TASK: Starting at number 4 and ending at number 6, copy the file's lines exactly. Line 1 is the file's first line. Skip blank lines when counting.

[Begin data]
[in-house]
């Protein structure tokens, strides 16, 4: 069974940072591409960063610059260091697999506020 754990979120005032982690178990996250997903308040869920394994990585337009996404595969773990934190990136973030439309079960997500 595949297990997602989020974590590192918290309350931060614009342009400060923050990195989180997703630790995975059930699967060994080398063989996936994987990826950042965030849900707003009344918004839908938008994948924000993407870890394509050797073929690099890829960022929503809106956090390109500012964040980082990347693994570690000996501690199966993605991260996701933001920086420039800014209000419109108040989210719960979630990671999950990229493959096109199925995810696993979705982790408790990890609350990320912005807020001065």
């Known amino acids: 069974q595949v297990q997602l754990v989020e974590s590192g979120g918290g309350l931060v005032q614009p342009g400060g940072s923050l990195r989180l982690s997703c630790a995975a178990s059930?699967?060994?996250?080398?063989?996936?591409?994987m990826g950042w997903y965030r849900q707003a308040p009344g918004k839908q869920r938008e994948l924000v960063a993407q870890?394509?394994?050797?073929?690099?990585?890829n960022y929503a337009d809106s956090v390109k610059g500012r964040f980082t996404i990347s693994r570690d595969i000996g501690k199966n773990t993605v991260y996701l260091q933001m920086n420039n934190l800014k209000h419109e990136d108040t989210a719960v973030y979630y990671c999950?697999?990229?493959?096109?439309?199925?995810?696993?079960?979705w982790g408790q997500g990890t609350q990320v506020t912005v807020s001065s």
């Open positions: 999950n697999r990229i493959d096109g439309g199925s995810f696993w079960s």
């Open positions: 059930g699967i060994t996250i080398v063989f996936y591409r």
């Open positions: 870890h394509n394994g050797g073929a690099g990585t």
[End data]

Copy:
């Open positions: 999950n697999r990229i493959d096109g439309g199925s995810f696993w079960s």
């Open positions: 059930g699967i060994t996250i080398v063989f996936y591409r």
């Open positions: 870890h394509n394994g050797g073929a690099g990585t």